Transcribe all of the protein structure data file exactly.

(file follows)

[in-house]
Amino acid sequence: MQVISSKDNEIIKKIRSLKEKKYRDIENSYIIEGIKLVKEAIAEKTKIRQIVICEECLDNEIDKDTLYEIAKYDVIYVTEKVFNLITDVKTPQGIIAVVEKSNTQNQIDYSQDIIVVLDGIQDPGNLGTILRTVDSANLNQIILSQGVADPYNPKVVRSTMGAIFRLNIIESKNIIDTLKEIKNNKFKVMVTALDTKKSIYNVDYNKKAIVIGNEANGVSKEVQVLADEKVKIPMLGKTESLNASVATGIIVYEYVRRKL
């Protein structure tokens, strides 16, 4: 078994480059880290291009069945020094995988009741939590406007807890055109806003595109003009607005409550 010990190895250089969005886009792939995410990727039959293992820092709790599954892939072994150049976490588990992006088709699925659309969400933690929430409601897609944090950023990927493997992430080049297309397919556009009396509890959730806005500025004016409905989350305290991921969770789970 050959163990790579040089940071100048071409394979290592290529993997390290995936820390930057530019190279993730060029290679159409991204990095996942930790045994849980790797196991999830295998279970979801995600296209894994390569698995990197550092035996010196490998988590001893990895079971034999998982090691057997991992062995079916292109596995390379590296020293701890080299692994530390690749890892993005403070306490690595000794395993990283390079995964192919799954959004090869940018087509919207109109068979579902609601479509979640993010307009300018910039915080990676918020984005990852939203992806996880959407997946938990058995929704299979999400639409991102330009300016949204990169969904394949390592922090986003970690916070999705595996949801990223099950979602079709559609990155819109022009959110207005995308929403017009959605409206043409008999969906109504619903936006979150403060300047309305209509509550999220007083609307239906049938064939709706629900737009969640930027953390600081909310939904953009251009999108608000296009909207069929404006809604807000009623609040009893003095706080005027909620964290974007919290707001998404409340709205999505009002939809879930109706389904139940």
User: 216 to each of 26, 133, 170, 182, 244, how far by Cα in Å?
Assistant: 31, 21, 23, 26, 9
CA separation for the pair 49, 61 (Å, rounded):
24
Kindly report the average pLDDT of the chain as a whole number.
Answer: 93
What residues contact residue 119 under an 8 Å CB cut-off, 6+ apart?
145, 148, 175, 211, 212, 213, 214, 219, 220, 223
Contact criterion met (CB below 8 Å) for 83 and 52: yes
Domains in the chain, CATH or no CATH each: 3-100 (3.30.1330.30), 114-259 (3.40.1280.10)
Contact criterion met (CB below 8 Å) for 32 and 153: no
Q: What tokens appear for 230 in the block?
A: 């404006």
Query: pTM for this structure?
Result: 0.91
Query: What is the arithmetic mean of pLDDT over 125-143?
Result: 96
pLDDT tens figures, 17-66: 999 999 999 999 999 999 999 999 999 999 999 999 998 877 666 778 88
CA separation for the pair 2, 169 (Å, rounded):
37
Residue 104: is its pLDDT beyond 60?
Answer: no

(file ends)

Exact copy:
[in-house]
Amino acid sequence: MQVISSKDNEIIKKIRSLKEKKYRDIENSYIIEGIKLVKEAIAEKTKIRQIVICEECLDNEIDKDTLYEIAKYDVIYVTEKVFNLITDVKTPQGIIAVVEKSNTQNQIDYSQDIIVVLDGIQDPGNLGTILRTVDSANLNQIILSQGVADPYNPKVVRSTMGAIFRLNIIESKNIIDTLKEIKNNKFKVMVTALDTKKSIYNVDYNKKAIVIGNEANGVSKEVQVLADEKVKIPMLGKTESLNASVATGIIVYEYVRRKL
């Protein structure tokens, strides 16, 4: 078994480059880290291009069945020094995988009741939590406007807890055109806003595109003009607005409550 010990190895250089969005886009792939995410990727039959293992820092709790599954892939072994150049976490588990992006088709699925659309969400933690929430409601897609944090950023990927493997992430080049297309397919556009009396509890959730806005500025004016409905989350305290991921969770789970 050959163990790579040089940071100048071409394979290592290529993997390290995936820390930057530019190279993730060029290679159409991204990095996942930790045994849980790797196991999830295998279970979801995600296209894994390569698995990197550092035996010196490998988590001893990895079971034999998982090691057997991992062995079916292109596995390379590296020293701890080299692994530390690749890892993005403070306490690595000794395993990283390079995964192919799954959004090869940018087509919207109109068979579902609601479509979640993010307009300018910039915080990676918020984005990852939203992806996880959407997946938990058995929704299979999400639409991102330009300016949204990169969904394949390592922090986003970690916070999705595996949801990223099950979602079709559609990155819109022009959110207005995308929403017009959605409206043409008999969906109504619903936006979150403060300047309305209509509550999220007083609307239906049938064939709706629900737009969640930027953390600081909310939904953009251009999108608000296009909207069929404006809604807000009623609040009893003095706080005027909620964290974007919290707001998404409340709205999505009002939809879930109706389904139940």
User: 216 to each of 26, 133, 170, 182, 244, how far by Cα in Å?
Assistant: 31, 21, 23, 26, 9
CA separation for the pair 49, 61 (Å, rounded):
24
Kindly report the average pLDDT of the chain as a whole number.
Answer: 93
What residues contact residue 119 under an 8 Å CB cut-off, 6+ apart?
145, 148, 175, 211, 212, 213, 214, 219, 220, 223
Contact criterion met (CB below 8 Å) for 83 and 52: yes
Domains in the chain, CATH or no CATH each: 3-100 (3.30.1330.30), 114-259 (3.40.1280.10)
Contact criterion met (CB below 8 Å) for 32 and 153: no
Q: What tokens appear for 230 in the block?
A: 């404006």
Query: pTM for this structure?
Result: 0.91
Query: What is the arithmetic mean of pLDDT over 125-143?
Result: 96
pLDDT tens figures, 17-66: 999 999 999 999 999 999 999 999 999 999 999 999 998 877 666 778 88
CA separation for the pair 2, 169 (Å, rounded):
37
Residue 104: is its pLDDT beyond 60?
Answer: no